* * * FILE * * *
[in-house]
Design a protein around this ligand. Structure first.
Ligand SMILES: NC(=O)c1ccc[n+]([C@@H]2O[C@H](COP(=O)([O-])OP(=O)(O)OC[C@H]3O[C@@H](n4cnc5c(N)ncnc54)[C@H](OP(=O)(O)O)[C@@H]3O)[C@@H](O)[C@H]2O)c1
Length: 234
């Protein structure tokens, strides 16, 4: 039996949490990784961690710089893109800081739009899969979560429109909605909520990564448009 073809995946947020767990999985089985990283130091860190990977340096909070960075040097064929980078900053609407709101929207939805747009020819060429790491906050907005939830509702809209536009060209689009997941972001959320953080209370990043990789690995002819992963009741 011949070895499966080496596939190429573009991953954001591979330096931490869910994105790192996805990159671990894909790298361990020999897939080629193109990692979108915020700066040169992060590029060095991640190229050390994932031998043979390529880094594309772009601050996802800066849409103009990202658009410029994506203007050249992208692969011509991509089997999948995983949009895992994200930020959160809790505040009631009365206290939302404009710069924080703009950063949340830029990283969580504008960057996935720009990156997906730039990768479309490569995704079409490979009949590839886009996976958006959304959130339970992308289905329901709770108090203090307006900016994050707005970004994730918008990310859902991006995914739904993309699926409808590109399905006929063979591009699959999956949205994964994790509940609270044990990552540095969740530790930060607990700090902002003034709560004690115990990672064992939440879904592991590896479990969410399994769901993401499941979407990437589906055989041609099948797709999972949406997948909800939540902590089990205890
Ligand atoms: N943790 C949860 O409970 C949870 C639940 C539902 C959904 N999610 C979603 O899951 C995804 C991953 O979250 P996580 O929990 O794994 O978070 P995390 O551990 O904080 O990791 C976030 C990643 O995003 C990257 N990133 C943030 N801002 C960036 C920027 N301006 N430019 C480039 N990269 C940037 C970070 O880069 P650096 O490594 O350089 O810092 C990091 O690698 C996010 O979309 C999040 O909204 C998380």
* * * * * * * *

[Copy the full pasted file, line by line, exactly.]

[in-house]
Design a protein around this ligand. Structure first.
Ligand SMILES: NC(=O)c1ccc[n+]([C@@H]2O[C@H](COP(=O)([O-])OP(=O)(O)OC[C@H]3O[C@@H](n4cnc5c(N)ncnc54)[C@H](OP(=O)(O)O)[C@@H]3O)[C@@H](O)[C@H]2O)c1
Length: 234
């Protein structure tokens, strides 16, 4: 039996949490990784961690710089893109800081739009899969979560429109909605909520990564448009 073809995946947020767990999985089985990283130091860190990977340096909070960075040097064929980078900053609407709101929207939805747009020819060429790491906050907005939830509702809209536009060209689009997941972001959320953080209370990043990789690995002819992963009741 011949070895499966080496596939190429573009991953954001591979330096931490869910994105790192996805990159671990894909790298361990020999897939080629193109990692979108915020700066040169992060590029060095991640190229050390994932031998043979390529880094594309772009601050996802800066849409103009990202658009410029994506203007050249992208692969011509991509089997999948995983949009895992994200930020959160809790505040009631009365206290939302404009710069924080703009950063949340830029990283969580504008960057996935720009990156997906730039990768479309490569995704079409490979009949590839886009996976958006959304959130339970992308289905329901709770108090203090307006900016994050707005970004994730918008990310859902991006995914739904993309699926409808590109399905006929063979591009699959999956949205994964994790509940609270044990990552540095969740530790930060607990700090902002003034709560004690115990990672064992939440879904592991590896479990969410399994769901993401499941979407990437589906055989041609099948797709999972949406997948909800939540902590089990205890
Ligand atoms: N943790 C949860 O409970 C949870 C639940 C539902 C959904 N999610 C979603 O899951 C995804 C991953 O979250 P996580 O929990 O794994 O978070 P995390 O551990 O904080 O990791 C976030 C990643 O995003 C990257 N990133 C943030 N801002 C960036 C920027 N301006 N430019 C480039 N990269 C940037 C970070 O880069 P650096 O490594 O350089 O810092 C990091 O690698 C996010 O979309 C999040 O909204 C998380």